Michael Horton - “The best way to guard a true interpretation of Scripture, the Reformers insisted, was neither to naively embrace the infallibility of tradition, or the infallibility of the individual, but to recognize the communal interpretation of Scripture.

C. The best way to ensure faithfulness to the text is to read it together, not only with the churches of our own time and place, but with the wider ‘communion of saints’ down through the age.”

C. H. Spurgeon - “It seems odd, that certain men who talk so much of what the Holy Spirit reveals to themselves, should think so little of what he has revealed to others.”

9. KNOW THE MEANING OF KEY BIBLICAL WORDS IN THE TEXT

A. Use Hebrew word study books for the study of the Old Testament.

B. Use Greek word study books for the study of the New Testament. 

10. INTERPRET THE UNCLEAR PASSAGES IN SCRIPTURE IN LIGHT OF THE CLEAR

 A. Though all Scripture is God breathed, every passage is not equally clear (easy to understand).

 Even the Apostle Peter struggled with Paul’s writings at times, as he found some of it hard to understand. 2 Peter 3:16 - “hard to understand, which the untaught and unstable distort, as they do also the rest of the Scriptures, to their own destruction.”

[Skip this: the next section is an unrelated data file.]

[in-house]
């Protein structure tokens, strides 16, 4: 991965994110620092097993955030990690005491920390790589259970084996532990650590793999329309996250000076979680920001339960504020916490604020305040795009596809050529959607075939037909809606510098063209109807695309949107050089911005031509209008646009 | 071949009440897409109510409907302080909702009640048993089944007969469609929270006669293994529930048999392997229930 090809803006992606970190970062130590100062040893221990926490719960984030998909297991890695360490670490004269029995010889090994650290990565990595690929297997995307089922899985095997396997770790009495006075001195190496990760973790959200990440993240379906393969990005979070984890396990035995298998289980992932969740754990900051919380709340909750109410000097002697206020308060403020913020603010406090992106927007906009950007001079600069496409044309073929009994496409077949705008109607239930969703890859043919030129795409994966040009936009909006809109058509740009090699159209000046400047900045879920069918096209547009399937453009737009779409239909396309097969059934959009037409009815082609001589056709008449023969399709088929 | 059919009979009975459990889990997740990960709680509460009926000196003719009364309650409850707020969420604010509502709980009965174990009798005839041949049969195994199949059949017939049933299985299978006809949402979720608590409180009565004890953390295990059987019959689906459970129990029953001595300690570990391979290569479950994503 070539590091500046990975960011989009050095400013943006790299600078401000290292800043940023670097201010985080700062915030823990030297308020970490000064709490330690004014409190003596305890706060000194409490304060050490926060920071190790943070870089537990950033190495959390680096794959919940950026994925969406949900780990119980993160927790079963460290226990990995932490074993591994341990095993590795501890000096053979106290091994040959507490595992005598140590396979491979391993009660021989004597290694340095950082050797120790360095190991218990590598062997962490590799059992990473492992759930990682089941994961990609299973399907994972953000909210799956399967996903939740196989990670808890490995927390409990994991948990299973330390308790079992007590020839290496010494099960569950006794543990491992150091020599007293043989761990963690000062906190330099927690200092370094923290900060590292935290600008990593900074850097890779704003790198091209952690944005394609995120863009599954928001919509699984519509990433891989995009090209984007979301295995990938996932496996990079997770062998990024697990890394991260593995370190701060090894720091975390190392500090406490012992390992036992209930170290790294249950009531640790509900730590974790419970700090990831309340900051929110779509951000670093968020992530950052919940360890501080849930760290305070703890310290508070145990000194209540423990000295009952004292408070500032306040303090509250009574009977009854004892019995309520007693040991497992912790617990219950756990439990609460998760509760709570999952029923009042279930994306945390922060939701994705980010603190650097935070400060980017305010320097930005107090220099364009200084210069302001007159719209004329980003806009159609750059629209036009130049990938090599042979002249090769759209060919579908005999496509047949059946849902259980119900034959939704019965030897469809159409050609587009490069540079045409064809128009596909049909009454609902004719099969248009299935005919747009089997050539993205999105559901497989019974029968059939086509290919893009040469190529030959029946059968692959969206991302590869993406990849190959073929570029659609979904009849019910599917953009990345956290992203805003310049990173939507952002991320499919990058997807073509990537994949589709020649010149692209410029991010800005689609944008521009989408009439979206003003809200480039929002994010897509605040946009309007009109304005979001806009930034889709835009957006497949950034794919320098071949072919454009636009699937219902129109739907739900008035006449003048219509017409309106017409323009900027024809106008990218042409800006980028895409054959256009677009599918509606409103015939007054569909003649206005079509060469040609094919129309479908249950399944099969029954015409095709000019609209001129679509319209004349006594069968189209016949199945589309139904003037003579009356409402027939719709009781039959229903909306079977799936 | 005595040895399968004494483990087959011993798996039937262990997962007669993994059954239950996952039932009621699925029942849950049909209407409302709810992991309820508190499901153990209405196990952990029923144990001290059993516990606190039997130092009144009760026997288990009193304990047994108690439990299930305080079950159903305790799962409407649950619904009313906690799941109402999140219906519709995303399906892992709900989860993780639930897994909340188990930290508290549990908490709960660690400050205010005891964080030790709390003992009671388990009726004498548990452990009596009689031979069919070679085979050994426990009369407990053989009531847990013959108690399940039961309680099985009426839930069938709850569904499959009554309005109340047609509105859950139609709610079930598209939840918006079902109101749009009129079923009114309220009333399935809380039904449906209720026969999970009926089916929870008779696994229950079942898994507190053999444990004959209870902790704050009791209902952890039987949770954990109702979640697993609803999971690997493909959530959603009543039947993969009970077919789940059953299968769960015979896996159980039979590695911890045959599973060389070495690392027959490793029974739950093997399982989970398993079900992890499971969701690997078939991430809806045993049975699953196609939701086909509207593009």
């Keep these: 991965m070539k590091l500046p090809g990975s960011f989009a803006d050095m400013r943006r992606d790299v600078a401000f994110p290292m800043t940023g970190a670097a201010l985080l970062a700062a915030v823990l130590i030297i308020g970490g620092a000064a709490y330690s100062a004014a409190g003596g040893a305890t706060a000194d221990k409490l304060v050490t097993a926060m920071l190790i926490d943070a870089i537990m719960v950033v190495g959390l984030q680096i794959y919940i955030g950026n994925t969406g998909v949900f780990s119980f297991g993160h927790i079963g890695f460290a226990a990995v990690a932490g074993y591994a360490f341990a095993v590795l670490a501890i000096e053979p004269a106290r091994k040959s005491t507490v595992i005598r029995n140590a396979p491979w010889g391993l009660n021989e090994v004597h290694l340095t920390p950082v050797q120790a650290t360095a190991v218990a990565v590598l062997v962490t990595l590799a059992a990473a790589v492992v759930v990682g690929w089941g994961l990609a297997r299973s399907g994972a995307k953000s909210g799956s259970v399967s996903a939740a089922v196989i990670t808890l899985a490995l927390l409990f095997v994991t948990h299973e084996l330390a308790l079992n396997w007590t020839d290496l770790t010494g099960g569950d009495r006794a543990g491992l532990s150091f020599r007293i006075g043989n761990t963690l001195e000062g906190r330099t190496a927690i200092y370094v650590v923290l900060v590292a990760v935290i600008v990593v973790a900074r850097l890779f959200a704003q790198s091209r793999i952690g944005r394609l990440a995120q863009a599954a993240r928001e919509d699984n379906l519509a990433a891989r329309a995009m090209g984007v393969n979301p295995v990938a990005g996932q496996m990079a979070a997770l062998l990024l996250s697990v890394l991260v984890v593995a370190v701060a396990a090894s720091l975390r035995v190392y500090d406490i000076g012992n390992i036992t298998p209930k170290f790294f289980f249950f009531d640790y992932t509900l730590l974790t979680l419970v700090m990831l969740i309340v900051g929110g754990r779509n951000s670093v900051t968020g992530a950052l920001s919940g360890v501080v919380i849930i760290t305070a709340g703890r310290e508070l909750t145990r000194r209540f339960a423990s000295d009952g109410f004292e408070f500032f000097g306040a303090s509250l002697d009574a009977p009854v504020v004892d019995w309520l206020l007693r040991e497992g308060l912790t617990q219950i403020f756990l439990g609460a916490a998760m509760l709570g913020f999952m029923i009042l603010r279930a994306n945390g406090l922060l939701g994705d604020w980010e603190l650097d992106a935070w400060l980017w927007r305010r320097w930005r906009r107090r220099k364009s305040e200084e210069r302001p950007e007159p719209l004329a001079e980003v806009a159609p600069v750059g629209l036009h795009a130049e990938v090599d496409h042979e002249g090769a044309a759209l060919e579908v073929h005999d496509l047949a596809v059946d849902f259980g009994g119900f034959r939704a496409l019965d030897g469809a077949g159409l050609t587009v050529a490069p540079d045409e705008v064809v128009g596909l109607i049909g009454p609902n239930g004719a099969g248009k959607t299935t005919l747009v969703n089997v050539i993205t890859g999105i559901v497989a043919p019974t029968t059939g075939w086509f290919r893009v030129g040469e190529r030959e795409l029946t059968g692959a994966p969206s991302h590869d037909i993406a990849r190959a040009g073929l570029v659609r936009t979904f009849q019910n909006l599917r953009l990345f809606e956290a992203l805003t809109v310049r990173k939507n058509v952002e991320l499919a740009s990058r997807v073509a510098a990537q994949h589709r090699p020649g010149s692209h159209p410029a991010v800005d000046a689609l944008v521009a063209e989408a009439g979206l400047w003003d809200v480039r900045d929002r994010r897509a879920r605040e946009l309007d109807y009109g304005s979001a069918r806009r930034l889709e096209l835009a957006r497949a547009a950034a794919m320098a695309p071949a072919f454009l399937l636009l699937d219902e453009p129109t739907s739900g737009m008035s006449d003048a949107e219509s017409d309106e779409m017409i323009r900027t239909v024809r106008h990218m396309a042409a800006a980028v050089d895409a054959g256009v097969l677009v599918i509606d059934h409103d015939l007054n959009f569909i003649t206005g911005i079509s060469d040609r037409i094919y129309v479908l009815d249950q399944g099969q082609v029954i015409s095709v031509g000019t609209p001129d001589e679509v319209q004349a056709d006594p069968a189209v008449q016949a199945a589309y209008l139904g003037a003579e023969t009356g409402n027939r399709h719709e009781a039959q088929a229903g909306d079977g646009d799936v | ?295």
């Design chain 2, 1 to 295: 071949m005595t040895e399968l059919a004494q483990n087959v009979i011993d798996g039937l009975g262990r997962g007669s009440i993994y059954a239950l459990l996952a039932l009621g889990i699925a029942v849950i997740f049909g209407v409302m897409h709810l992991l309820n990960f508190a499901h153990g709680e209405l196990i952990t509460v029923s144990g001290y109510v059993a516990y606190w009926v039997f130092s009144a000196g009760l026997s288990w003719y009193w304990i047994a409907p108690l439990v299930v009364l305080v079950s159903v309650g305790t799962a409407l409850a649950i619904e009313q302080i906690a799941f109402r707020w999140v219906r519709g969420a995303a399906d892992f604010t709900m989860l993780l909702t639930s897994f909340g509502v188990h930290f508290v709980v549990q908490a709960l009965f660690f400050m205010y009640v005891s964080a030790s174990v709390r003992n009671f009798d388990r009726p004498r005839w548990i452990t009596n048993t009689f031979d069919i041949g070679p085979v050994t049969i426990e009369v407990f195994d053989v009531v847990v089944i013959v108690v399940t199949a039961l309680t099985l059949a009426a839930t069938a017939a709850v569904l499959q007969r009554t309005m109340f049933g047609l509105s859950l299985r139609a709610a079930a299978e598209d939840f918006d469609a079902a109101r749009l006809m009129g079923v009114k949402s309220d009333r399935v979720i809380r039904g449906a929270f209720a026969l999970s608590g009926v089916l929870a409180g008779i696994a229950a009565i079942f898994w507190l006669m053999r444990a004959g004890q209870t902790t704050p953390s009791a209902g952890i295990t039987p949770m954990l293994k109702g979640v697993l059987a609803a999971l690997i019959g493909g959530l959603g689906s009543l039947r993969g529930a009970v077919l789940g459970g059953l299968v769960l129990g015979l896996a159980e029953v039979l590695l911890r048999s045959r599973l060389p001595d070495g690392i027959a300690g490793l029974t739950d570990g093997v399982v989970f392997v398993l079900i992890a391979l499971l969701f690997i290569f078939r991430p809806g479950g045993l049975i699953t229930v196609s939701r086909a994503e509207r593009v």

11. MUST INTERPRET WHAT IS WRITTEN BEFORE AND AFTER THE TEXT STUDIED.

 A. Before any doctrine can be created, must study what is written before or after the text to get the correct interpretation.

 Proverbs 8:22-23 - “The Lord possessed me at the beginning of His way, Before His works of old. 23 I have been established from everlasting, From the beginning, before there was ever an earth.

 1. Are these verses speaking of Jesus?

12. MUST TO REMEMBER WHEN CREATING DOCTRINE

 A. Did Jesus practice it an act or did He teach it.

 B. Was it practiced or taught in the book of Acts.

C. And was it taught in any of the Epistles.

13. GUIDELINES FOR EXAMINING A PASSAGE

 A. Who wrote/spoke the passage and to whom was it addressed?

 B. What does the passage say?

 C. Are there any words or phrases in the passage that need to be examined?

 D. What is the immediate context?

 E. What is the broader context in the chapter and book?

F. What are the related verses to the passage’s subject and how do they affect the understanding of this passage?

 G. What is the historical and cultural background?

 H. What do I conclude about the passage?

 I. Do my conclusions agree or disagree with related areas of Scripture and others who have studied the passage? If so, why?

 J. What have I learned and what must I apply to my life?

 

John Wycliffe 1324-1384 - It shall greatly help you to understand scripture, if you mark not only what is spoken or written, but of whom, and to whom, with what words, at what time, where, to what intent, with what circumstances, considering what goes before and what follows after.